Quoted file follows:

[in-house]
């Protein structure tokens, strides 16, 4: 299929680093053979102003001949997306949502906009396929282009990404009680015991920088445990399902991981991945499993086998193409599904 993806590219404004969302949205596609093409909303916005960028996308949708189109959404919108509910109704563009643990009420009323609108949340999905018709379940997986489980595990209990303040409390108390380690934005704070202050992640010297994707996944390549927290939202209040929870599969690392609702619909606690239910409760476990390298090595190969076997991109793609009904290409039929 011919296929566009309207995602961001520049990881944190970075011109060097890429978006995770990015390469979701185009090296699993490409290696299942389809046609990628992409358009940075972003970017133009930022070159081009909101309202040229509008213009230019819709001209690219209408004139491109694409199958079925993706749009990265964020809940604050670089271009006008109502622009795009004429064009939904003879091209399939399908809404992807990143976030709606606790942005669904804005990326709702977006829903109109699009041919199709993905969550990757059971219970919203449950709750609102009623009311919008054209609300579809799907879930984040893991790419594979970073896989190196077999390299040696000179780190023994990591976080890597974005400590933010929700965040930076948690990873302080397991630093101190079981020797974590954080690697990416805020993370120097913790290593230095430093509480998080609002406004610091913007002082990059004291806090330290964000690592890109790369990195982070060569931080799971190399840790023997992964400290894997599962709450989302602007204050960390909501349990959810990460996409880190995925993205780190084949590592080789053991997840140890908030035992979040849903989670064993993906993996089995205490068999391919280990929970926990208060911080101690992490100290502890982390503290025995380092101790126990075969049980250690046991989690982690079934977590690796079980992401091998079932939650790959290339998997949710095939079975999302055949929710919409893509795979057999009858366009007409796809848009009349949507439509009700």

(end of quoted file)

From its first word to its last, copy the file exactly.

[in-house]
């Protein structure tokens, strides 16, 4: 299929680093053979102003001949997306949502906009396929282009990404009680015991920088445990399902991981991945499993086998193409599904 993806590219404004969302949205596609093409909303916005960028996308949708189109959404919108509910109704563009643990009420009323609108949340999905018709379940997986489980595990209990303040409390108390380690934005704070202050992640010297994707996944390549927290939202209040929870599969690392609702619909606690239910409760476990390298090595190969076997991109793609009904290409039929 011919296929566009309207995602961001520049990881944190970075011109060097890429978006995770990015390469979701185009090296699993490409290696299942389809046609990628992409358009940075972003970017133009930022070159081009909101309202040229509008213009230019819709001209690219209408004139491109694409199958079925993706749009990265964020809940604050670089271009006008109502622009795009004429064009939904003879091209399939399908809404992807990143976030709606606790942005669904804005990326709702977006829903109109699009041919199709993905969550990757059971219970919203449950709750609102009623009311919008054209609300579809799907879930984040893991790419594979970073896989190196077999390299040696000179780190023994990591976080890597974005400590933010929700965040930076948690990873302080397991630093101190079981020797974590954080690697990416805020993370120097913790290593230095430093509480998080609002406004610091913007002082990059004291806090330290964000690592890109790369990195982070060569931080799971190399840790023997992964400290894997599962709450989302602007204050960390909501349990959810990460996409880190995925993205780190084949590592080789053991997840140890908030035992979040849903989670064993993906993996089995205490068999391919280990929970926990208060911080101690992490100290502890982390503290025995380092101790126990075969049980250690046991989690982690079934977590690796079980992401091998079932939650790959290339998997949710095939079975999302055949929710919409893509795979057999009858366009007409796809848009009349949507439509009700």